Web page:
German peak oil fears
Yesterday, the draft version of a study by a German military think thank was leaked toDer Spiegel. Subject of the study was the question howpeak oilcould change the global economy. This shows that peak oil is taken seriously by the German government.
Some extracts from the study (summarized and translated by Der Spiegel):
- Oil will determine power: "The relative importance of the oil-producing nations in the international system is growing. These nations are using the advantages resulting from this to expand the scope of their domestic and foreign policies and establish themselves as a new or resurgent regional, or in some cases even global leading powers."
- Increasing importance of oil exporters:For importers of oil more competition for resources will mean an increase in the number of nations competing for favor with oil-producing nations. As this window of time will only be open for a limited period, "this could result in a more aggressive assertion of national interests on the part of the oil-producing nations."
- Politics in place of the market:"The proportion of oil traded on the global, freely accessible oil market will diminish as more oil is traded through bi-national contracts," the study states. In the long run, the study goes on, the global oil market, will only be able to follow the laws of the free market in a restricted way. "Bilateral, conditioned supply agreements and privileged partnerships, such as those seen prior to the oil crises of the 1970s, will once again come to the fore."
- Market failures:As the transportation of goods depends on crude oil, international trade could be subject to colossal tax hikes. "Shortages in the supply of vital goods could arise" as a result, for example in food supplies. Oil is used directly or indirectly in the production of 95 percent of all industrial goods. Price shocks could therefore be seen in almost any industry and throughout all stages of the industrial supply chain. "In the medium term the global economic system and every market-oriented national economy would collapse."
- Relapse into planned economy:Since virtually all economic sectors rely heavily on oil, peak oil could lead to a "partial or complete failure of markets," says the study. "A conceivable alternative would be government rationing and the allocation of important goods or the setting of production schedules and other short-term coercive measures to replace market-based mechanisms in times of crisis."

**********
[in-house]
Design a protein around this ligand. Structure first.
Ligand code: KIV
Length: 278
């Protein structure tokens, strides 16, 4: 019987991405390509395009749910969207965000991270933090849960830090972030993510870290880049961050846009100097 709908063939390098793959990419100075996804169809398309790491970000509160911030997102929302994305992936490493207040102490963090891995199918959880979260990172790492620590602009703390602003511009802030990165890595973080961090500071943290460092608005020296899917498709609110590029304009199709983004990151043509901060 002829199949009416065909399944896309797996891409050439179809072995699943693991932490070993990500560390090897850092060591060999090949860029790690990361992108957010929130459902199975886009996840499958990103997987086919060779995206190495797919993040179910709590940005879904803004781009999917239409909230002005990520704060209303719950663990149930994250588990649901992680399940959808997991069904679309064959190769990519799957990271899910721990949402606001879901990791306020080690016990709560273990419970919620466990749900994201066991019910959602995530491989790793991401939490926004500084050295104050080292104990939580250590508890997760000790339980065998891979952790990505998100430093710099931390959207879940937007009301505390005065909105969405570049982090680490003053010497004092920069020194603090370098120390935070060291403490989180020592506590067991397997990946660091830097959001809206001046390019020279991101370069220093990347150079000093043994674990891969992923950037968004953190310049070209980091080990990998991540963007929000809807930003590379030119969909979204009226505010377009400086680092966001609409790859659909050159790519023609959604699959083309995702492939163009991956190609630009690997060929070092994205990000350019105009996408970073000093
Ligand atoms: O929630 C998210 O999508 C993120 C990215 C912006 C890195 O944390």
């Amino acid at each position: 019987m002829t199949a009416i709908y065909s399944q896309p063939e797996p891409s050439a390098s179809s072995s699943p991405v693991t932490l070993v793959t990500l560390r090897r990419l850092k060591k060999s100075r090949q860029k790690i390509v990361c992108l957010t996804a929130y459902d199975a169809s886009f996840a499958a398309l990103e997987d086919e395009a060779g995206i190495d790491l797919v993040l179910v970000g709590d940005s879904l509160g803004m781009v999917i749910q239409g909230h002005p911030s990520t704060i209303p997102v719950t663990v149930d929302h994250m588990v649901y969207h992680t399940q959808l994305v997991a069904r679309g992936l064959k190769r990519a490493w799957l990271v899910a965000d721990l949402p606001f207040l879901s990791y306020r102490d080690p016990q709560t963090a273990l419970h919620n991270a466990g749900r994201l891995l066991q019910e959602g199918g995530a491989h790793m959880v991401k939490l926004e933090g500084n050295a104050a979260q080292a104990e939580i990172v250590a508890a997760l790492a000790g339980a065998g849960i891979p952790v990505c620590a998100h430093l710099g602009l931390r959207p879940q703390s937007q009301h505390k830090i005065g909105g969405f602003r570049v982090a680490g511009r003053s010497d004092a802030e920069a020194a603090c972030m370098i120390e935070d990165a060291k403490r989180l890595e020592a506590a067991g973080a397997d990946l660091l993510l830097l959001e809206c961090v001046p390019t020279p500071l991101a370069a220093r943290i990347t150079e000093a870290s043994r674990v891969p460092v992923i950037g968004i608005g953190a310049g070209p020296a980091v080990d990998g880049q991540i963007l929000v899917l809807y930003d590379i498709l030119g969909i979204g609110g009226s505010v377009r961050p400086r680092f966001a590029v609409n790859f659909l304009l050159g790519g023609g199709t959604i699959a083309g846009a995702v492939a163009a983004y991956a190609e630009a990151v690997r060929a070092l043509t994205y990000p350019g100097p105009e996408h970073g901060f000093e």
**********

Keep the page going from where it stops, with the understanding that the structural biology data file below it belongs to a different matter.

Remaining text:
- Global chain reaction:"A restructuring of oil supplies will not be equally possible in all regions before the onset of peak oil," says the study. "It is likely that a large number of states will not be in a position to make the necessary investments in time," or with "sufficient magnitude." If there were economic crashes in some regions of the world, Germany could be affected. Germany would not escape the crises of other countries, because it's so tightly integrated into the global economy.
- Crisis of political legitimacy: The Bundeswehr study also raises fears for the survival of democracy itself. Parts of the population could perceive the upheaval triggered by peak oil "as a general systemic crisis." This would create "room for ideological and extremist alternatives to existing forms of government." Fragmentation of the affected population is likely and could "in extreme cases lead to open conflict."
Heavy words and a strong message, who have to be taken seriously. The financial and economical crisis have lead to a reduction in oil consumption, which make the fear for peak oil and oil depletion less present. Instead of using this breathing space, we are just wasting valuable time. Investments in energy efficiency and alternative energies are diminishing, again because of the crisis. We should take this opportunity to take a leap forward. As this study shows, the peak oil scenario is not a pleasant one, and is often underestimated.